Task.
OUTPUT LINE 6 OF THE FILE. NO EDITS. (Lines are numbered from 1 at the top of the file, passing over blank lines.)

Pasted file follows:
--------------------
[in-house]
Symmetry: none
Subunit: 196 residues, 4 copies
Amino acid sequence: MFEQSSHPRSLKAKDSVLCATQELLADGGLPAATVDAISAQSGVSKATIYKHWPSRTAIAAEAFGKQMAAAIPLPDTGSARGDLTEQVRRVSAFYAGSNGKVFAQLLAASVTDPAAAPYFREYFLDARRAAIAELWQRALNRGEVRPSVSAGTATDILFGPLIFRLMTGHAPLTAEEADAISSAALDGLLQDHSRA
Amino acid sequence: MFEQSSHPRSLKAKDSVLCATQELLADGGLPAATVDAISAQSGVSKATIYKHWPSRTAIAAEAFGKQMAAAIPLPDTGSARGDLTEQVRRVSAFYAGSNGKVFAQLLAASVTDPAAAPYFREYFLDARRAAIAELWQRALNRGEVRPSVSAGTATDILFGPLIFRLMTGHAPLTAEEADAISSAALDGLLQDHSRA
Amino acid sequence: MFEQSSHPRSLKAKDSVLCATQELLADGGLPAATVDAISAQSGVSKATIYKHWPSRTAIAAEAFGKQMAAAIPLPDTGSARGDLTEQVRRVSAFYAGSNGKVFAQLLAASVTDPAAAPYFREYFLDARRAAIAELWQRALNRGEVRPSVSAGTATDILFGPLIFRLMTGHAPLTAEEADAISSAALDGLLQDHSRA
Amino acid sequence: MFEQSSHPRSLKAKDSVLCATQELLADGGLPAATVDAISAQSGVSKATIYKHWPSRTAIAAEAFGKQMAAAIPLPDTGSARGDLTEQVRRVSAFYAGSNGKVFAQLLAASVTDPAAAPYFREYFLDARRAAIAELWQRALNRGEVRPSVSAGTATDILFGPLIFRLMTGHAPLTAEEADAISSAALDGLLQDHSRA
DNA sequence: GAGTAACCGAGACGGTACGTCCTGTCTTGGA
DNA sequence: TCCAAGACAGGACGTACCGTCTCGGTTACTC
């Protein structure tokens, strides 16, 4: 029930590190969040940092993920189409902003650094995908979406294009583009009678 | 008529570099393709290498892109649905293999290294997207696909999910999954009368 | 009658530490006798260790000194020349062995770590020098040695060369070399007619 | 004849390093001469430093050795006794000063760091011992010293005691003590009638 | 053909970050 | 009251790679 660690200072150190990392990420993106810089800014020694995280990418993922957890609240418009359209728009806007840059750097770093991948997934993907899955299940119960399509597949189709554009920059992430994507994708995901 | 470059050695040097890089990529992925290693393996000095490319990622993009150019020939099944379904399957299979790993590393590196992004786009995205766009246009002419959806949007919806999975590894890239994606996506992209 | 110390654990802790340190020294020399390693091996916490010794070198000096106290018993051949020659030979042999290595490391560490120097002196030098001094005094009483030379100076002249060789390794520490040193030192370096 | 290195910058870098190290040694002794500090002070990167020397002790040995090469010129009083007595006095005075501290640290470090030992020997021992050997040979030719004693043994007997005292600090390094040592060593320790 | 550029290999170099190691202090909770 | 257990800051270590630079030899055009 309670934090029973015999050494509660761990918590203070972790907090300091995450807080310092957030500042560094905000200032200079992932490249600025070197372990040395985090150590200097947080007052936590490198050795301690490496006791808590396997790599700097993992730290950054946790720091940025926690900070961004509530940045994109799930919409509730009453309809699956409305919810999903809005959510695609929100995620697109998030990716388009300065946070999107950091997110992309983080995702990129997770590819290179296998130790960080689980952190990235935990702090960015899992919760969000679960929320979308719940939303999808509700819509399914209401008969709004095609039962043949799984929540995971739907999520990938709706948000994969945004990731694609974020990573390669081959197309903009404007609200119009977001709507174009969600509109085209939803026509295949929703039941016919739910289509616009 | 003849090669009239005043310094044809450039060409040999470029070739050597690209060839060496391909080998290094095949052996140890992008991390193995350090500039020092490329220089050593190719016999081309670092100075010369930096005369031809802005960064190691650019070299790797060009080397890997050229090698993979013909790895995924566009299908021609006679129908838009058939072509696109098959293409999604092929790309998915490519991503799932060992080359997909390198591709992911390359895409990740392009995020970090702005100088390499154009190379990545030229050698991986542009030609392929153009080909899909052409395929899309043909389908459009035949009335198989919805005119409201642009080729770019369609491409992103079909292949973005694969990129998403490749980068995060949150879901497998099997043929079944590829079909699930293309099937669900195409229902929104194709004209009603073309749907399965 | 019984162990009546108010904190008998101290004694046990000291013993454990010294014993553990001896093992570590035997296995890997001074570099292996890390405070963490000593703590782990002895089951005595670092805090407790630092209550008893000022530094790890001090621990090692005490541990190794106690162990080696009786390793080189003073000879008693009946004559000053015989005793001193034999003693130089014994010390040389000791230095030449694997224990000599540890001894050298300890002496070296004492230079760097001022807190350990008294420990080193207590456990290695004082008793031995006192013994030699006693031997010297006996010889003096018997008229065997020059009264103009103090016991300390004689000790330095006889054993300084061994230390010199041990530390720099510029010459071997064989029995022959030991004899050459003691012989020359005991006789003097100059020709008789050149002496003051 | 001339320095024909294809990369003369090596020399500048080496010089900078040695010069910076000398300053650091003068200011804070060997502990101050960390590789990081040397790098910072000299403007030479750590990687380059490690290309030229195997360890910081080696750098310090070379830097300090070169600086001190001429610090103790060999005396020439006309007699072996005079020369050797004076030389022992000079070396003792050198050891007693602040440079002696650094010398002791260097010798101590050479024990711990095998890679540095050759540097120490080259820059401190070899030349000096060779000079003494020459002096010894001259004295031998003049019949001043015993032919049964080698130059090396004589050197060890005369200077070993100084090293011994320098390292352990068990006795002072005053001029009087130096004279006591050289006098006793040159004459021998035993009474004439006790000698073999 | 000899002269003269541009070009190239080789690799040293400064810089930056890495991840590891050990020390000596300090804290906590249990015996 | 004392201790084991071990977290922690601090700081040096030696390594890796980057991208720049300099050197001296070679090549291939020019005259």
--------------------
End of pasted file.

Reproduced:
Amino acid sequence: MFEQSSHPRSLKAKDSVLCATQELLADGGLPAATVDAISAQSGVSKATIYKHWPSRTAIAAEAFGKQMAAAIPLPDTGSARGDLTEQVRRVSAFYAGSNGKVFAQLLAASVTDPAAAPYFREYFLDARRAAIAELWQRALNRGEVRPSVSAGTATDILFGPLIFRLMTGHAPLTAEEADAISSAALDGLLQDHSRA